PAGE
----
Soot versus cloud condensation nuclei

If aerosol particles are more numerous and also soluble, for example consist of ammoniumsulfate ((NH4)2 SO4) formed from the air pollution gases sulphur dioxide (SO2) and ammonia (NH3), clouds would contain more and smaller droplets per unit volume at the same circulation conditions (see also section 2.6). These clouds scatter more sun-light (see equation 2.1) and their albedo would increase, counteracting an enhanced greenhouse effect, if their height would not change. If polluted air - as is normally the case - would also contain more soot (black carbon) the clouds forming in such air would be less scattering, look darker when viewed from above and below. Only for optically not very thick clouds would the increased light scattering effect dominate under such conditions. Hence, soot will damp the clouds' ability to mask effects of an enhanced greenhouse effect. Therefore addition of soot would contribute in the cloud free atmosphere to the warming but dampen the indirect effect of air pollution on cloud albedo, certainly overriding it for optically thick clouds.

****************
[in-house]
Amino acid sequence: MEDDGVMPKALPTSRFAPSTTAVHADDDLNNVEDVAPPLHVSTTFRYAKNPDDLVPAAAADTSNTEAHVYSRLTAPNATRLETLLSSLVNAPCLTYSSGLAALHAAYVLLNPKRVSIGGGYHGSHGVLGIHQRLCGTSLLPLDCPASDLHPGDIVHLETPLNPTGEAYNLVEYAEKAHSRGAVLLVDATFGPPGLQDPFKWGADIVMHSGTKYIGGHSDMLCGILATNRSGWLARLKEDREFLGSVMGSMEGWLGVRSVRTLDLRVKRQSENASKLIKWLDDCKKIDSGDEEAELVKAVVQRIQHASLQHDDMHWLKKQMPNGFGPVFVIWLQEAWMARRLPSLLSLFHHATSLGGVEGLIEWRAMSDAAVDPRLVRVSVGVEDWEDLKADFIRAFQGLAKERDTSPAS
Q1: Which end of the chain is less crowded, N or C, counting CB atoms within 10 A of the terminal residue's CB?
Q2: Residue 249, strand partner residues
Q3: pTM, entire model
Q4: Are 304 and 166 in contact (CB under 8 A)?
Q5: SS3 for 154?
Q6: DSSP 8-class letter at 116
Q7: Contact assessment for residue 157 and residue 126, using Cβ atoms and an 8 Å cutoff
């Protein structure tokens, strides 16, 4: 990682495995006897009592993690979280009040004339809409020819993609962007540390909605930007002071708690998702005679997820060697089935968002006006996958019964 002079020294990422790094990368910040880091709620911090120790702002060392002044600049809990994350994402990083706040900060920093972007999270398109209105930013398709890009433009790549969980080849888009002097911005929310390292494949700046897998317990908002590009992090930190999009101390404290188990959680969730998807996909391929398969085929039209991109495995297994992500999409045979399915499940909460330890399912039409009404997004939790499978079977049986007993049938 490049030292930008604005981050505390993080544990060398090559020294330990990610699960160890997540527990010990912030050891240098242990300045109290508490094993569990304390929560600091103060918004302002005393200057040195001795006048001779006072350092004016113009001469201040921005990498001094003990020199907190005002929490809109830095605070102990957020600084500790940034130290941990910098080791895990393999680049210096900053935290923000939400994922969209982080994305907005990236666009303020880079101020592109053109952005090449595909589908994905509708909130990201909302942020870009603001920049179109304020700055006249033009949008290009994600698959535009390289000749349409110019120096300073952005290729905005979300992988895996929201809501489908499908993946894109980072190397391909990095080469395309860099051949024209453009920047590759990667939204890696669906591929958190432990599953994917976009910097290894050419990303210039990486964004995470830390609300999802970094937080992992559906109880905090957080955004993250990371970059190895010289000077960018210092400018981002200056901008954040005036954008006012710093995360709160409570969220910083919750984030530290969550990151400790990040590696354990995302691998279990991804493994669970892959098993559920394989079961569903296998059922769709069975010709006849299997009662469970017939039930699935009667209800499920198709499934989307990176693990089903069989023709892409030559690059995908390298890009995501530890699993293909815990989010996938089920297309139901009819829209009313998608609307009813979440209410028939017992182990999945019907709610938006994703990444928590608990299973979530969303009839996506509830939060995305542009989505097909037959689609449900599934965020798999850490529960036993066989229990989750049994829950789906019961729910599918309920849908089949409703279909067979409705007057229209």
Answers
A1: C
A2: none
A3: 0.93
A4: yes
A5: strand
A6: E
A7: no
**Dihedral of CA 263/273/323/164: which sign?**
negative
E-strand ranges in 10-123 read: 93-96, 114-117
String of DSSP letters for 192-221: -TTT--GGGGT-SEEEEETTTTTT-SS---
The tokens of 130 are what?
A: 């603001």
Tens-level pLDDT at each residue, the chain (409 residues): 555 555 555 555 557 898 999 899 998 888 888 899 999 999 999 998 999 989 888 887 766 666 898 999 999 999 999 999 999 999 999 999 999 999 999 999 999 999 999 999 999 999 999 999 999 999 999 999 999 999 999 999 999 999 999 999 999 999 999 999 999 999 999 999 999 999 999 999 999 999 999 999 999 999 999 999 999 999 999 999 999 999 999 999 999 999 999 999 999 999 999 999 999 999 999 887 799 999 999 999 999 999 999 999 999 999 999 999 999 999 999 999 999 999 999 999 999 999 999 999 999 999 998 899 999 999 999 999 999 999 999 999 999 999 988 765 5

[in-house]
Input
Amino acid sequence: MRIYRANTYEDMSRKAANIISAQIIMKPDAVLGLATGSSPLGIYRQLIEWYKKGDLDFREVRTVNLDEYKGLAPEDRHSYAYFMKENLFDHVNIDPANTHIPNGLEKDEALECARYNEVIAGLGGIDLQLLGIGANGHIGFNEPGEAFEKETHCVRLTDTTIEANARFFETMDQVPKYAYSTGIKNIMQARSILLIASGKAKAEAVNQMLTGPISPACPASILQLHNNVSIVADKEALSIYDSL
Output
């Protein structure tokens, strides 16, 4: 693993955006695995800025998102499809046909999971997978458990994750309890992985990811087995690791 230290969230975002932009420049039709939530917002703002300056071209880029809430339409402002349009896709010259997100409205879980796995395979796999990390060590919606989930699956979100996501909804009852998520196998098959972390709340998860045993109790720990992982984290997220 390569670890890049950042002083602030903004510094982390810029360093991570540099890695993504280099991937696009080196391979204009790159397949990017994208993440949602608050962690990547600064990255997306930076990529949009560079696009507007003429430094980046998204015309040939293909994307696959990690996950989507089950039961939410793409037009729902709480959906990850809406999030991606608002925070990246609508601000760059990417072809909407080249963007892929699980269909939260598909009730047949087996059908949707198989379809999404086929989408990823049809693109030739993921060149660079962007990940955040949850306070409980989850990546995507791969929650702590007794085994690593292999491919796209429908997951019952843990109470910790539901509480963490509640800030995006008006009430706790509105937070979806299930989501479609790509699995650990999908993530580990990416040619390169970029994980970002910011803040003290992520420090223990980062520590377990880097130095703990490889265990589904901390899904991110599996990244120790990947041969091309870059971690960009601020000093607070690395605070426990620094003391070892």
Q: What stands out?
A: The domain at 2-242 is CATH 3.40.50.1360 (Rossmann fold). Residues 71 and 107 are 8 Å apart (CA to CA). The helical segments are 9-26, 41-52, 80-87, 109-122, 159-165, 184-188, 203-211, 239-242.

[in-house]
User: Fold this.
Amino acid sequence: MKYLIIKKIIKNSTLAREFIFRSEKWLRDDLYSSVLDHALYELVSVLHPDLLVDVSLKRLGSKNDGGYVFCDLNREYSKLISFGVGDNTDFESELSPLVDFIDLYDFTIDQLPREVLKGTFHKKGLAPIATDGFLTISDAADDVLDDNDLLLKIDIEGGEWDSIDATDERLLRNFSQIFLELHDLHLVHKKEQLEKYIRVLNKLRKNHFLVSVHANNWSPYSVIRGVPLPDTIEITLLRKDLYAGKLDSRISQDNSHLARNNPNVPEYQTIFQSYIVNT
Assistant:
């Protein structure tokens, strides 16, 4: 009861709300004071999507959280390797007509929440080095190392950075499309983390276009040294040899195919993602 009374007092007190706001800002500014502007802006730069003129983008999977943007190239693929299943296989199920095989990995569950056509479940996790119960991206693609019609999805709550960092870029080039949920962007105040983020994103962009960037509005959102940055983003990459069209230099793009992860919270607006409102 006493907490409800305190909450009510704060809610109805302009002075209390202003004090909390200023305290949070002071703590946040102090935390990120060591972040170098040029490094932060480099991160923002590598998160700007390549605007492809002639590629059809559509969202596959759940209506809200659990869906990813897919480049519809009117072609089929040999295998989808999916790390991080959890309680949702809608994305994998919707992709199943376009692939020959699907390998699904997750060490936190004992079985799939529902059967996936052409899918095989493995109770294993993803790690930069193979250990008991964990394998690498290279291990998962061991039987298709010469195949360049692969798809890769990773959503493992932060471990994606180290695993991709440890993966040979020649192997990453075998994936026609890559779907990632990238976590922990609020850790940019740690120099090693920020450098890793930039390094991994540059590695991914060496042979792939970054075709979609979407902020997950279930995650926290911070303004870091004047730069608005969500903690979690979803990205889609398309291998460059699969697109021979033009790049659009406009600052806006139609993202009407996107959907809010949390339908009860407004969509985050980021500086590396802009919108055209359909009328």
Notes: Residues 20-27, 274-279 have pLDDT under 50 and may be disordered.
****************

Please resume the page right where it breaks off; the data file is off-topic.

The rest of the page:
Reducing soot content of the air, a health issue anyway, has also a potential to reduce global warming.

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